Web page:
M&S’s disappointing results come after Next achieved impressive sales figures over the festive season, with the latter reporting that in-store and online sales increased by 12% in the period November 1 to December 24.
John Lewis also had a record breaking end to 2013, reporting that online sales for the five weeks to 28 December were 22.6% up on last year with johnlewis.com accounting for 31.8% of the total John Lewis business during this period.
Having previously examined the reasons behind John Lewis’ continued success in ecommerce, I thought I’d compare Next and M&S’s approaches to online retail.
Last week saw the unveiling of the now traditional John Lewis Christmas ad, which this year comes with an added helping of cheese and schmaltz.
Despite the fact it stars a cartoon bear and a hare, it would appear the ad is set to break previous John Lewis ad records, at least in social media terms.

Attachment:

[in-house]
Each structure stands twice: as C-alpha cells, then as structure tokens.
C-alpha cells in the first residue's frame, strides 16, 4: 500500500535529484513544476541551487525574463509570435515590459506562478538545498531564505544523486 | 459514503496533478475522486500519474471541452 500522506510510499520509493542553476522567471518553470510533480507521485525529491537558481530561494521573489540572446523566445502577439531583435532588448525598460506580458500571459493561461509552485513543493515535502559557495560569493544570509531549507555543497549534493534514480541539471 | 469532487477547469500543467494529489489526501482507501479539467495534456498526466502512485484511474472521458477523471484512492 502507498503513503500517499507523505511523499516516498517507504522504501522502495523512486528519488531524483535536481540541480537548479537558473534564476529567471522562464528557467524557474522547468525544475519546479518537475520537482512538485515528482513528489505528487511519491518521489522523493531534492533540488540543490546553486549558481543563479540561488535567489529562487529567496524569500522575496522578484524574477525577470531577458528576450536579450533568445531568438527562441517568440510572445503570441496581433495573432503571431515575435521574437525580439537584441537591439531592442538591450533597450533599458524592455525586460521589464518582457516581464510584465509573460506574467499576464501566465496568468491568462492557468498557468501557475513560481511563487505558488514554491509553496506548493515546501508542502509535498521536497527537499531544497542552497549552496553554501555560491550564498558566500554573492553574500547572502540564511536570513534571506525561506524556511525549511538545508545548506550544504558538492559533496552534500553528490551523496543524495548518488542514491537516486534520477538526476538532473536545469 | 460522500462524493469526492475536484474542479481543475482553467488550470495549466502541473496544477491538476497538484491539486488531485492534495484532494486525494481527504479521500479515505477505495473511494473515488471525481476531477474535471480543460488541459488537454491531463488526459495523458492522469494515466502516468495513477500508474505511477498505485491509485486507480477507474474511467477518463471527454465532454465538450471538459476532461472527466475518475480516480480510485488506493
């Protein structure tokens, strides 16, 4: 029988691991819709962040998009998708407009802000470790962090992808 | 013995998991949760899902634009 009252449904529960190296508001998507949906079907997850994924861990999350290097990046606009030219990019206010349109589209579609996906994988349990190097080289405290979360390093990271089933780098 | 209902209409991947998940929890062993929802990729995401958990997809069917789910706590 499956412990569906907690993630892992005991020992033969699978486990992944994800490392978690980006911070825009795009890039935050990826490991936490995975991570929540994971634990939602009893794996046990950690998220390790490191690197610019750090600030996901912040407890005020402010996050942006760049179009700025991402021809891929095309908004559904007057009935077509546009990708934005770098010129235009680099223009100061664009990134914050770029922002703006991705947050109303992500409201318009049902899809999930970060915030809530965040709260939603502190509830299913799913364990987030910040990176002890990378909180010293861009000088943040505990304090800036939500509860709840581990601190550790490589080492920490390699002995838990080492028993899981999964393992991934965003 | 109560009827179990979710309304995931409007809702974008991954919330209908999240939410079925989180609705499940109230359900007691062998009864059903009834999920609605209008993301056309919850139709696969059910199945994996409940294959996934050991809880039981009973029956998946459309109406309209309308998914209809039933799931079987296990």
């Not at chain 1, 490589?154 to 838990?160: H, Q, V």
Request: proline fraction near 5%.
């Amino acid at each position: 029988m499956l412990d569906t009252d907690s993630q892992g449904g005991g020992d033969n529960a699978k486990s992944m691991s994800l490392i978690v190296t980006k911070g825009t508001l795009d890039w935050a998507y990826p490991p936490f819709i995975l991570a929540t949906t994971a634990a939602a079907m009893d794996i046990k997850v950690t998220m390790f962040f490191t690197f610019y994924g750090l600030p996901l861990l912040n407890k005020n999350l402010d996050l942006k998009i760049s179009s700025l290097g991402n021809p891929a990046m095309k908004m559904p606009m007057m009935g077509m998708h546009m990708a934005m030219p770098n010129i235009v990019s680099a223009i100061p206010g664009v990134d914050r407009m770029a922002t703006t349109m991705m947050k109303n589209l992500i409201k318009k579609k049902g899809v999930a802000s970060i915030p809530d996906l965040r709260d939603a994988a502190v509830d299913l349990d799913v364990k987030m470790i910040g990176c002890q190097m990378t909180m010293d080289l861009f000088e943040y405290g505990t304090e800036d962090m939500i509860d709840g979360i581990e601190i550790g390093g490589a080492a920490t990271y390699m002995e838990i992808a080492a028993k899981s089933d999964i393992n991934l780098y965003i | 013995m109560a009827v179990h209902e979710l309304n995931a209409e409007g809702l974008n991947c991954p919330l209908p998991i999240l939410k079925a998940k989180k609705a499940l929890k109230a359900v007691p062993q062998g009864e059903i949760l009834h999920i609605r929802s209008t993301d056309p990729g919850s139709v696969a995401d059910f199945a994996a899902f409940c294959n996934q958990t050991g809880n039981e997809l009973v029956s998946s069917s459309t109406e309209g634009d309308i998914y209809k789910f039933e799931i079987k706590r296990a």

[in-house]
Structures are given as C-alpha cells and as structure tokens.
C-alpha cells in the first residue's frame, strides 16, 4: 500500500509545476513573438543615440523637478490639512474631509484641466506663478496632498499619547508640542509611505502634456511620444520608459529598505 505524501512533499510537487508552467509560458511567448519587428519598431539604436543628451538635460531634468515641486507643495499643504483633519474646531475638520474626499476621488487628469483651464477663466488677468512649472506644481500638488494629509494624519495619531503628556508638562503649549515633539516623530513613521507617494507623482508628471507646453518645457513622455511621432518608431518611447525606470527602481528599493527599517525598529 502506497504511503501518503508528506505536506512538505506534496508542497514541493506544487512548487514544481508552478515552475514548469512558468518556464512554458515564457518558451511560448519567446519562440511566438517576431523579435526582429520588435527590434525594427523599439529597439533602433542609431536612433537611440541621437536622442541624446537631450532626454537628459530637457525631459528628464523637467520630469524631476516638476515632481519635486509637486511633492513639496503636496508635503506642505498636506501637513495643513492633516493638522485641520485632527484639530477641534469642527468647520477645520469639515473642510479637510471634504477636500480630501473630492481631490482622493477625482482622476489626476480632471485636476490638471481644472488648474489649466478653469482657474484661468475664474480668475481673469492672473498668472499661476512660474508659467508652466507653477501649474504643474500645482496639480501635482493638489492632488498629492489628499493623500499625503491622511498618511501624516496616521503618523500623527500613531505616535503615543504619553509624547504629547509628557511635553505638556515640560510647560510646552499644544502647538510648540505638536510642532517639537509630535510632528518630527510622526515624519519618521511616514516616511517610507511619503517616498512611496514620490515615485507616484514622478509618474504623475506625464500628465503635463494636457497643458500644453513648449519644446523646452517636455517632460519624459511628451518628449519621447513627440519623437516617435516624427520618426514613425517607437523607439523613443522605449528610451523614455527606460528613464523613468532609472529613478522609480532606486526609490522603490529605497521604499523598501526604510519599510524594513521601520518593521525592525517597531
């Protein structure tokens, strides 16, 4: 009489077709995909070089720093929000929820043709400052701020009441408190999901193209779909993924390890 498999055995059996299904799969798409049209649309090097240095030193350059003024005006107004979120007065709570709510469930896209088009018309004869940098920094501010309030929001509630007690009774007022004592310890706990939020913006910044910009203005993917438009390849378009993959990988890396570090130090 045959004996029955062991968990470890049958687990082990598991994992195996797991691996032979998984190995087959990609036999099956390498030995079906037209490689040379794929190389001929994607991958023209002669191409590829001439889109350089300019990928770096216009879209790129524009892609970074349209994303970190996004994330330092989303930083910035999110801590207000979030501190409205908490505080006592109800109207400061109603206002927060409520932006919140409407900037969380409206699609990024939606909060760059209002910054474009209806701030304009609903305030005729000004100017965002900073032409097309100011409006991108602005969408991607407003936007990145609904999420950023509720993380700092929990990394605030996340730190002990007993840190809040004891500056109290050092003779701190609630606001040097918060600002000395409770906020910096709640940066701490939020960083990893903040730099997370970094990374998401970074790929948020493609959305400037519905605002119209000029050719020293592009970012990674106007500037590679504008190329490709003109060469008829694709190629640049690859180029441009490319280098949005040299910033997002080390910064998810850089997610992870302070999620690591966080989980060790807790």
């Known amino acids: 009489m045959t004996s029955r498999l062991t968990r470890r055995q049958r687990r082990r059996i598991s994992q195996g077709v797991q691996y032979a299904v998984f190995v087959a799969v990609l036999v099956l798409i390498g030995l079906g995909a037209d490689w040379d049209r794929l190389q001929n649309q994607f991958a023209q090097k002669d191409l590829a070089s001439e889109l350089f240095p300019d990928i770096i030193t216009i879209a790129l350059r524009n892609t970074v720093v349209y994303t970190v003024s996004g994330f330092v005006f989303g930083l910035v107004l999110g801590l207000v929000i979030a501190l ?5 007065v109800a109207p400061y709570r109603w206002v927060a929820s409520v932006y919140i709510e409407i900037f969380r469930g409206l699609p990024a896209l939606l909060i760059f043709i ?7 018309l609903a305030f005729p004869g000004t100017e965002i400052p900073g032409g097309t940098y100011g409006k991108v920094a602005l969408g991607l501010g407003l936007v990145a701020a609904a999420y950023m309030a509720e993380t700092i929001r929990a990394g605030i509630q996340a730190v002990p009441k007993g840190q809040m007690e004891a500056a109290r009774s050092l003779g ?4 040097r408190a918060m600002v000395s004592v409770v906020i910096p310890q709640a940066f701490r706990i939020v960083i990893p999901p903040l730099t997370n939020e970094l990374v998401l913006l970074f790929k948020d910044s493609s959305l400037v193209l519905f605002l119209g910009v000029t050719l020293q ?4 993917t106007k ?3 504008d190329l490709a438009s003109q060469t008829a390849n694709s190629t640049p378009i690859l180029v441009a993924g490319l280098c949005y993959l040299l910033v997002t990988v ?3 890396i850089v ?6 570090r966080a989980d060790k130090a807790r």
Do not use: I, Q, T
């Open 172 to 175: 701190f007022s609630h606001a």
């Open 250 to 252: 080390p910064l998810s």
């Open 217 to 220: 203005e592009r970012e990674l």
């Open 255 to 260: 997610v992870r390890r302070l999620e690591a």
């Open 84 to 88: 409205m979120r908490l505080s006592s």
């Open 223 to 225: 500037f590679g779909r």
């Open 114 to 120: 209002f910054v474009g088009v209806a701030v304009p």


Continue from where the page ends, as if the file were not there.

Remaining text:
In the 24 hours after it was launched the ad was mentioned in 49,152 tweets, of which only 16% were negative. This is more than double the 21,027 mentions that last year’s ad picked up in the same time frame.
Amazon has topped yet another usability survey after delivering a consistently excellent customer experience across its desktop and mobile platforms.
House of Fraser came a close second followed by Marks & Spencer, Debenhams and Interflora.
The report from eDigitalResearch consists of user surveys that analysed the customer experience provided by 19 retail brands across three digital channels – desktop, mobile web and apps.
It covered six different sections of each site, including the homepage, search, navigation, product pages, shopping basket and checkout.